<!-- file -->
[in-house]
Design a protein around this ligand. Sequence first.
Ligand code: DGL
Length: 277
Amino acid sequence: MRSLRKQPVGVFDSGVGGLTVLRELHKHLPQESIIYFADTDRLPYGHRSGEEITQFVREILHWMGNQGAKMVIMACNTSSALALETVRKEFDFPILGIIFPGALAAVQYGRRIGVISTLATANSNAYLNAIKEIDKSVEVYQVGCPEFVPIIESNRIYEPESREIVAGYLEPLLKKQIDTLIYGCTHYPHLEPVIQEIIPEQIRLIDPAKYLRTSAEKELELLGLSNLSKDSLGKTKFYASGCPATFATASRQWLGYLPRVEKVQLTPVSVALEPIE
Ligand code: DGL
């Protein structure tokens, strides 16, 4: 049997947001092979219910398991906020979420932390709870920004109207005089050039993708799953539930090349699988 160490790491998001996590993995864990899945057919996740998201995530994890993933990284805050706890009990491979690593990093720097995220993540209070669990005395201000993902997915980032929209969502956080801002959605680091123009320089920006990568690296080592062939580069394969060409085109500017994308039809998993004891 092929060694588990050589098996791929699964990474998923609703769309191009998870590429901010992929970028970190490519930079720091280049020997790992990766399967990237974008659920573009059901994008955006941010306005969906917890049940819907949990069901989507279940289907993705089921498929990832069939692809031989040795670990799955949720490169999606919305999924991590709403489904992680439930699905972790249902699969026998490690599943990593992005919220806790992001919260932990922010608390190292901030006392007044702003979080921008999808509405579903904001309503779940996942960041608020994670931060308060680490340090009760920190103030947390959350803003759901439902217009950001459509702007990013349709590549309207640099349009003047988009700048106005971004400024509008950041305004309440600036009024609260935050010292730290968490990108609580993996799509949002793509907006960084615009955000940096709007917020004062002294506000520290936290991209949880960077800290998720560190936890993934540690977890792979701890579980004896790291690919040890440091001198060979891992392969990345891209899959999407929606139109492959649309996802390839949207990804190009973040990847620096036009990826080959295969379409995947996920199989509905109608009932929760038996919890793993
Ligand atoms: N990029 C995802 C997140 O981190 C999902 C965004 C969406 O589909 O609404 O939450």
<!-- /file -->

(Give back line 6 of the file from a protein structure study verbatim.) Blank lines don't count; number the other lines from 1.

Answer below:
Ligand code: DGL